CAMBRIDGE- Americans will receive the second COVID-19 vaccine.
On Friday, the commissioner of the U.S. Food and Drug Administration, Stephen Hahn allowed emergency authorization to a vaccine made by Moderna, a week later granting similar approval to the vaccine made by Pfizer and its German partner, BioNTech.
He is “authorizing” instead of approving the vaccine because lengthy research is required to meet the full standards for approval, which the authorities don’t want to wait for in the time of public health emergency.
The quick decision to authorize the vaccine was possible because the agency “burst through regulatory red tape,” Stephen said in a press conference. “We worked swiftly based on the urgency of this pandemic.”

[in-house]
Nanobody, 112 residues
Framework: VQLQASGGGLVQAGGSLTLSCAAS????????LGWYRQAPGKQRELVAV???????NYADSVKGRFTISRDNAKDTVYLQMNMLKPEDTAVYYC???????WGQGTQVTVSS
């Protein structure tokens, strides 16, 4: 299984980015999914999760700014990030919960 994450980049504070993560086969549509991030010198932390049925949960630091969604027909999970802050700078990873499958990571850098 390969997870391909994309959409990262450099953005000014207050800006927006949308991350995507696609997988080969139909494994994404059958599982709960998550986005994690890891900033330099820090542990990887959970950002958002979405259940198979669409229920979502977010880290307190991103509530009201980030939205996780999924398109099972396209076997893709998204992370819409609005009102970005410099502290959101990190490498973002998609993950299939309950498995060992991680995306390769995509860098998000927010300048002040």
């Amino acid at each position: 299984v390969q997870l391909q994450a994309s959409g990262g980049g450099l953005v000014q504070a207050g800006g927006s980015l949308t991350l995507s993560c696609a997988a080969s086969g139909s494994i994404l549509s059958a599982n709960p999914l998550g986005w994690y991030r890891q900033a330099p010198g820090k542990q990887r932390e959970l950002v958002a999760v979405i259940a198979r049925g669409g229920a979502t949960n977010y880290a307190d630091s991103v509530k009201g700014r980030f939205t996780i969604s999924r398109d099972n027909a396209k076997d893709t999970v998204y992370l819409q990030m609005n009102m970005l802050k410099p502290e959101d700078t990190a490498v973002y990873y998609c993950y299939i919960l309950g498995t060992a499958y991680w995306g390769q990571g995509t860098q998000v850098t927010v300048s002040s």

The declaration makes the U.S. the first country to approve two Coronavirus vaccines that show “compelling and clear efficacy”- director of the Center for Biologics Evaluation and Research, Dr Peter Marks said during the press conference on Friday. He added it is “another achievement as we work to end the Coronavirus pandemic.”
The approval comes a day after the U.S. reported 17 million cases of Coronavirus and an independent authorization committee revised the data from human trials of Moderna’s vaccine, declaring its benefits outweighed its risks. Following a trial that included 30,000 volunteers, the vaccine protected more than 95% of people from active disease, without causing major health problems.
Trucks will begin distributing the vaccine this week, with the 5.9 million shots already manufactured are expected to be given out on Tuesday.
It’s an outstanding achievement for the 10-year-old Cambridge biotech company that had never brought a new product to market.
But it will take time to distribute the vaccine across the country and the whole world, achieving the 75% protection- from both natural diseases and vaccination- that experts say will be required to stop widespread infections.